Apollo 11 goes supersonic as it continues to climb outside the Earth’s atmosphere.
It was 45 years ago, yesterday, astronauts Neil Armstrong, Buzz Aldrin and Michael Collins took on what is without a doubt one of the most important endeavors in the history of humankind. Packed together into one of the most incredible pieces of engineering to ever exist, the astronauts of Apollo 11 left Earth’s atmosphere, with hopes of being the first humans to ever step foot on the Moon.
To commemorate the accomplishment many thought was impossible – and to those who still do – we have put together a chronological collection of photos documenting the entire journey. Shared by NASA as part of their Project Apollo Archive, these images are just a few from the vast archive of medium format, 35mm, and 16mm frames captured throughout the Apollo missions.
Yes, it’s April Fools’ Day, but this photo and those below aren’t fakes. These are the real deal. Not that kind of real deal, though. These are photographs taken during training simulations in Houston, three months before these gentlemen, Buzz Aldrin and Neil Armstrong, actually stepped on the moon. Read more…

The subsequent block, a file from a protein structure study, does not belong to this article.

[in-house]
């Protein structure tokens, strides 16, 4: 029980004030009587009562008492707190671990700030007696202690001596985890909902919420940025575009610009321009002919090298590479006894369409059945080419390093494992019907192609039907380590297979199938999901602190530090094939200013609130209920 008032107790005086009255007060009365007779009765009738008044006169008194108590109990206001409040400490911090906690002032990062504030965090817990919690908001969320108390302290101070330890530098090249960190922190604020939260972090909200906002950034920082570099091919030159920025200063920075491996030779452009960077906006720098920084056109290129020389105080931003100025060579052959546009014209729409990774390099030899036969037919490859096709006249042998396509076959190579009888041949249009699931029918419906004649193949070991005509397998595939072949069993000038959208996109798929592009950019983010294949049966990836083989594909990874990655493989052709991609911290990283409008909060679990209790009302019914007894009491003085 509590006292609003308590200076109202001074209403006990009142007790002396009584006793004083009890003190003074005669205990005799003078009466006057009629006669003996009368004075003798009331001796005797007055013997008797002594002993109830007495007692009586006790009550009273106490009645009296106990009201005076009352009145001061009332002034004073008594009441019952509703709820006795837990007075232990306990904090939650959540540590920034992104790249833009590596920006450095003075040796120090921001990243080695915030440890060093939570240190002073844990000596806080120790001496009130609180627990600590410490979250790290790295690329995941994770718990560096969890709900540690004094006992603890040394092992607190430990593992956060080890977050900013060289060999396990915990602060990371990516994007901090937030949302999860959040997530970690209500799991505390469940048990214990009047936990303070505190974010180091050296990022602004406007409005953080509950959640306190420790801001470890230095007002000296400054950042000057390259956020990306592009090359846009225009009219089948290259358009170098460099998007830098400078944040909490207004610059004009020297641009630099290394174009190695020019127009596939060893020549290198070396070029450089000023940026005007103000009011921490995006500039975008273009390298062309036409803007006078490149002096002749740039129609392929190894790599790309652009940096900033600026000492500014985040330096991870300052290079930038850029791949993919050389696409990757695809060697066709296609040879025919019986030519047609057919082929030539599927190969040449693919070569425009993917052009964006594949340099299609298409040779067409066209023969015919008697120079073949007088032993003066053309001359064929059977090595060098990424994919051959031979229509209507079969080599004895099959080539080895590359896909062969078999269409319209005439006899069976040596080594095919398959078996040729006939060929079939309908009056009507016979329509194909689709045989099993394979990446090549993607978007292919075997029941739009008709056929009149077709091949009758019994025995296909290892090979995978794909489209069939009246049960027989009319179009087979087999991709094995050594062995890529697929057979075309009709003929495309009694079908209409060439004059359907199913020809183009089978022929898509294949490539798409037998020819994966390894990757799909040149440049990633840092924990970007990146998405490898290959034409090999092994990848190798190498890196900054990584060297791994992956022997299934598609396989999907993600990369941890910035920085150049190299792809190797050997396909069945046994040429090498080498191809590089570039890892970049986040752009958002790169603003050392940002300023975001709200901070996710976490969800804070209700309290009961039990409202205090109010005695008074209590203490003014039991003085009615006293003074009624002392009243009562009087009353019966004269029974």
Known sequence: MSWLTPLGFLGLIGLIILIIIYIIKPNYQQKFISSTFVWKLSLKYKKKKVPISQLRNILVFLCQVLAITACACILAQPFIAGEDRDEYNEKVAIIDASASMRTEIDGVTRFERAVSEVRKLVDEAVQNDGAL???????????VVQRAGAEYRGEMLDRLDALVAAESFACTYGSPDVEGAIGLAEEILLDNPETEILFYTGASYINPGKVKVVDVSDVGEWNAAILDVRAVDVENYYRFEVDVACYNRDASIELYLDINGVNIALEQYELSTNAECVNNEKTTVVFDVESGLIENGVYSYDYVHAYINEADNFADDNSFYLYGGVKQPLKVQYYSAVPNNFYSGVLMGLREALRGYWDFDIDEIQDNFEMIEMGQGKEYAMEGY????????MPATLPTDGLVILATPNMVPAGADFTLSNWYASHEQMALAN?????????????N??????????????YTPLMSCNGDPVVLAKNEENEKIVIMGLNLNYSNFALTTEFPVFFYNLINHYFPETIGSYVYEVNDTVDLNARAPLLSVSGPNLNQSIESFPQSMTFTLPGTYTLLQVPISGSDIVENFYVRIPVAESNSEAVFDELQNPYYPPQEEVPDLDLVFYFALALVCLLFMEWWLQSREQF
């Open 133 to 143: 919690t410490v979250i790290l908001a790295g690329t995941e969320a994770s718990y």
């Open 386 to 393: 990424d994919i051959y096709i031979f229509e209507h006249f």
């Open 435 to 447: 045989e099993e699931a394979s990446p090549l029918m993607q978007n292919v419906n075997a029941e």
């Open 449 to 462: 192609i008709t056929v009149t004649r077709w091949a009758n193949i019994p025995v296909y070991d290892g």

Here’s a small piece of history that’ll get you going and inspired to take on the week: a photo of Neil Armstrong taken only moments after he returned from first walking on the moon. A teary-eyed Armstrong looks at the camera, rendered speechless by what he has just experienced.
It’s a beautiful portrait taken by Buzz Aldrin after they returned to the Lunar Excursion Module, and beautifully captures the emotions he later put into words when he said, “It suddenly struck me that that tiny pea, pretty and blue, was the Earth. I put up my thumb and shut one eye, and my thumb blotted out the planet Earth. I didn’t feel like a giant. I felt very, very small.”
This amazing video by Spacecraft Films shows the July 16, 1969 launch of the Apollo 11 mission that landed the first humans on the moon. The camera was rolling at a whopping 500 frames per second, allowing the first 30 seconds of the launch to be slowed down into this 8-minute narrated video of pure awesomeness.